Sunday, March 10, 2013

Shearing Before and After

Before: Pen full of crossbred girls. (28 in all)

 After: Happy bald sheep! They all ate their dinners and settled down to ruminate. As you can see they are quite pregnant, 1 week off from lambing.

I was going to wait until after lambing for these girls, but changed my mind for several reasons. 1. less barn space needed 2. It is easier to shear before lambing on non-primitive sheep 3. I wanted to practice more!

It took me two days to do them. The first day I did 12, and had to stop early as a neighbor was coming to clean out the barn. The second day I did the rest, 16. I am slower than I hoped to be, but definitely faster than shearing with the sheep standing up, and these girls were hard as they have such big bellies. This brings my tally to 39 sheep since the class and I did about 12 there. Someday I'll be faster!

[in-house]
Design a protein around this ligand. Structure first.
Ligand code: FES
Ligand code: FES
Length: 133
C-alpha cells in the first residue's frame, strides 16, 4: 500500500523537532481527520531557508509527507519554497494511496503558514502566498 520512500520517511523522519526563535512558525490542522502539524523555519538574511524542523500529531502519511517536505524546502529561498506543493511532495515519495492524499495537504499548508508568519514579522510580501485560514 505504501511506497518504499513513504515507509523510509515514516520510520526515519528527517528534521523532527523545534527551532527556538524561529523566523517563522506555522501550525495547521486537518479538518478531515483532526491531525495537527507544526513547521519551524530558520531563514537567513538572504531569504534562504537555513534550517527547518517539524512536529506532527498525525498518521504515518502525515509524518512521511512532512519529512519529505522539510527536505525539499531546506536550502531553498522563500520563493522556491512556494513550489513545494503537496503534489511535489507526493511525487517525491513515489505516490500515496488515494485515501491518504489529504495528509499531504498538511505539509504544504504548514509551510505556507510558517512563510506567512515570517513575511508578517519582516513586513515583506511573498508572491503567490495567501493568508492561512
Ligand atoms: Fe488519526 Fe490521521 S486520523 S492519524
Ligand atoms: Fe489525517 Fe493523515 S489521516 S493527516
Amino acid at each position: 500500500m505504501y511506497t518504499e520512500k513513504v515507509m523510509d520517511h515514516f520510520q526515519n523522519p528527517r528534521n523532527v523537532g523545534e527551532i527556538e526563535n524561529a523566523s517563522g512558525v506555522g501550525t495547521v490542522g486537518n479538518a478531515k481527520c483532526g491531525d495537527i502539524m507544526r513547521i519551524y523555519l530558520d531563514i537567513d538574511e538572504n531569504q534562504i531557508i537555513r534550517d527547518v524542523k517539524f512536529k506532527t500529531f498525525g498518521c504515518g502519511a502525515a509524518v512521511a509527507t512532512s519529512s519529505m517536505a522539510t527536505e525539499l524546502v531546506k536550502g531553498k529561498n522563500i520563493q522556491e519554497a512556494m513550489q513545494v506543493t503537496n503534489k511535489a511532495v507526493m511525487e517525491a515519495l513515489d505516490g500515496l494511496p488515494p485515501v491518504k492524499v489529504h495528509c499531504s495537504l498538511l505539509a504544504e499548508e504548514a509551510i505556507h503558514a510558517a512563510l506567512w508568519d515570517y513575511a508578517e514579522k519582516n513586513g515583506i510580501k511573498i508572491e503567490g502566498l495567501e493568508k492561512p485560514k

Lots of wool to skirt! I have my work cut off   out for me.

Shetland girls in the rain. I rarely have my Shetlands and the crosses in two groups. It's kind of nice to see them as two groups. They have all been crutched (back ends and lower bellies sheared) so they don't get as messy, and so the lambs can find the milk bar easier. They will be sheared after lambing,  in April/May depending on when they get the rise.

Everyone has been vaccinated and dewormed, I just need to buy some hog panels for lambing jugs (I foolishly let the ones I had get frozen in the deep snow/ice, well I need more anyways.) I also need to rearrange a few animals to free up the new sheds I built for lambing.) Then let the good times  sleepless times roll!


  1. Good for you!! We are flooding almost everything at our place, it's a real mess. If I tried to shear anything right now, I'd probably electrocute myself.

  2. Great job Laura! Yes, sheared prego girls do take up a lot less room. But, I'll wait till after lambing to do mine - one at a time!